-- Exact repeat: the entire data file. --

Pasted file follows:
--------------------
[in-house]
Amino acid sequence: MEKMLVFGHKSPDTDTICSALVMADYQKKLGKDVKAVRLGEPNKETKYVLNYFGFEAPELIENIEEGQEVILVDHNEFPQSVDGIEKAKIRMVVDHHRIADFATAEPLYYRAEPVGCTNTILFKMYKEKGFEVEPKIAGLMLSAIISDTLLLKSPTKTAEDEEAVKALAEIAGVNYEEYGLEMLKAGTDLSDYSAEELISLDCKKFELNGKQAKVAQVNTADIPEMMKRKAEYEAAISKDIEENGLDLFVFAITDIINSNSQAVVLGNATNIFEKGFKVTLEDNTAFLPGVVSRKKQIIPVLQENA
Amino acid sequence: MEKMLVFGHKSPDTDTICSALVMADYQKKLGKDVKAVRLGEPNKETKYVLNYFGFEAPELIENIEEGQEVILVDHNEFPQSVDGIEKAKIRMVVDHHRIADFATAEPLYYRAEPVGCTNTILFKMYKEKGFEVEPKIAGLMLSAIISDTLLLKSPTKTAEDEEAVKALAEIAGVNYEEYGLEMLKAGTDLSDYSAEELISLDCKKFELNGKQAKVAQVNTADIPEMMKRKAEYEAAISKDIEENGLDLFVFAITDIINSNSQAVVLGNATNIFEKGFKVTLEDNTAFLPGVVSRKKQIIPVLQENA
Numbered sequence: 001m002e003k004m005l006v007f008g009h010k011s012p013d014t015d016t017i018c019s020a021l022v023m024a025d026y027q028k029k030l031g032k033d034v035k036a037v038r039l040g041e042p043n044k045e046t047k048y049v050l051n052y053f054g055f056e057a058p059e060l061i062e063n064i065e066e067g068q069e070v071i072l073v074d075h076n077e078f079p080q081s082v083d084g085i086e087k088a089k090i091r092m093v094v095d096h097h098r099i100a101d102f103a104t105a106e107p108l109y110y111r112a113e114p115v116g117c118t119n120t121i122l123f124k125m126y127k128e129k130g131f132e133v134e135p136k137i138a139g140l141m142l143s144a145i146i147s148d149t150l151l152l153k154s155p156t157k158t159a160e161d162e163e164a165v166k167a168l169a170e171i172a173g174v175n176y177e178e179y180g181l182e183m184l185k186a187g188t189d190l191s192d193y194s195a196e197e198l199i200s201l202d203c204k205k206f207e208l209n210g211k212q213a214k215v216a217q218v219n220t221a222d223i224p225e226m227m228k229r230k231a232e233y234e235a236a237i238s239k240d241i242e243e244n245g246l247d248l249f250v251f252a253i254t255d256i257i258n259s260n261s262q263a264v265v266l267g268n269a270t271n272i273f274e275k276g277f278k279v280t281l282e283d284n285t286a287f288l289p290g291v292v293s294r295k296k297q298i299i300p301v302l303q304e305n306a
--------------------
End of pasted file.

[in-house]
Amino acid sequence: MEKMLVFGHKSPDTDTICSALVMADYQKKLGKDVKAVRLGEPNKETKYVLNYFGFEAPELIENIEEGQEVILVDHNEFPQSVDGIEKAKIRMVVDHHRIADFATAEPLYYRAEPVGCTNTILFKMYKEKGFEVEPKIAGLMLSAIISDTLLLKSPTKTAEDEEAVKALAEIAGVNYEEYGLEMLKAGTDLSDYSAEELISLDCKKFELNGKQAKVAQVNTADIPEMMKRKAEYEAAISKDIEENGLDLFVFAITDIINSNSQAVVLGNATNIFEKGFKVTLEDNTAFLPGVVSRKKQIIPVLQENA
Amino acid sequence: MEKMLVFGHKSPDTDTICSALVMADYQKKLGKDVKAVRLGEPNKETKYVLNYFGFEAPELIENIEEGQEVILVDHNEFPQSVDGIEKAKIRMVVDHHRIADFATAEPLYYRAEPVGCTNTILFKMYKEKGFEVEPKIAGLMLSAIISDTLLLKSPTKTAEDEEAVKALAEIAGVNYEEYGLEMLKAGTDLSDYSAEELISLDCKKFELNGKQAKVAQVNTADIPEMMKRKAEYEAAISKDIEENGLDLFVFAITDIINSNSQAVVLGNATNIFEKGFKVTLEDNTAFLPGVVSRKKQIIPVLQENA
Numbered sequence: 001m002e003k004m005l006v007f008g009h010k011s012p013d014t015d016t017i018c019s020a021l022v023m024a025d026y027q028k029k030l031g032k033d034v035k036a037v038r039l040g041e042p043n044k045e046t047k048y049v050l051n052y053f054g055f056e057a058p059e060l061i062e063n064i065e066e067g068q069e070v071i072l073v074d075h076n077e078f079p080q081s082v083d084g085i086e087k088a089k090i091r092m093v094v095d096h097h098r099i100a101d102f103a104t105a106e107p108l109y110y111r112a113e114p115v116g117c118t119n120t121i122l123f124k125m126y127k128e129k130g131f132e133v134e135p136k137i138a139g140l141m142l143s144a145i146i147s148d149t150l151l152l153k154s155p156t157k158t159a160e161d162e163e164a165v166k167a168l169a170e171i172a173g174v175n176y177e178e179y180g181l182e183m184l185k186a187g188t189d190l191s192d193y194s195a196e197e198l199i200s201l202d203c204k205k206f207e208l209n210g211k212q213a214k215v216a217q218v219n220t221a222d223i224p225e226m227m228k229r230k231a232e233y234e235a236a237i238s239k240d241i242e243e244n245g246l247d248l249f250v251f252a253i254t255d256i257i258n259s260n261s262q263a264v265v266l267g268n269a270t271n272i273f274e275k276g277f278k279v280t281l282e283d284n285t286a287f288l289p290g291v292v293s294r295k296k297q298i299i300p301v302l303q304e305n306a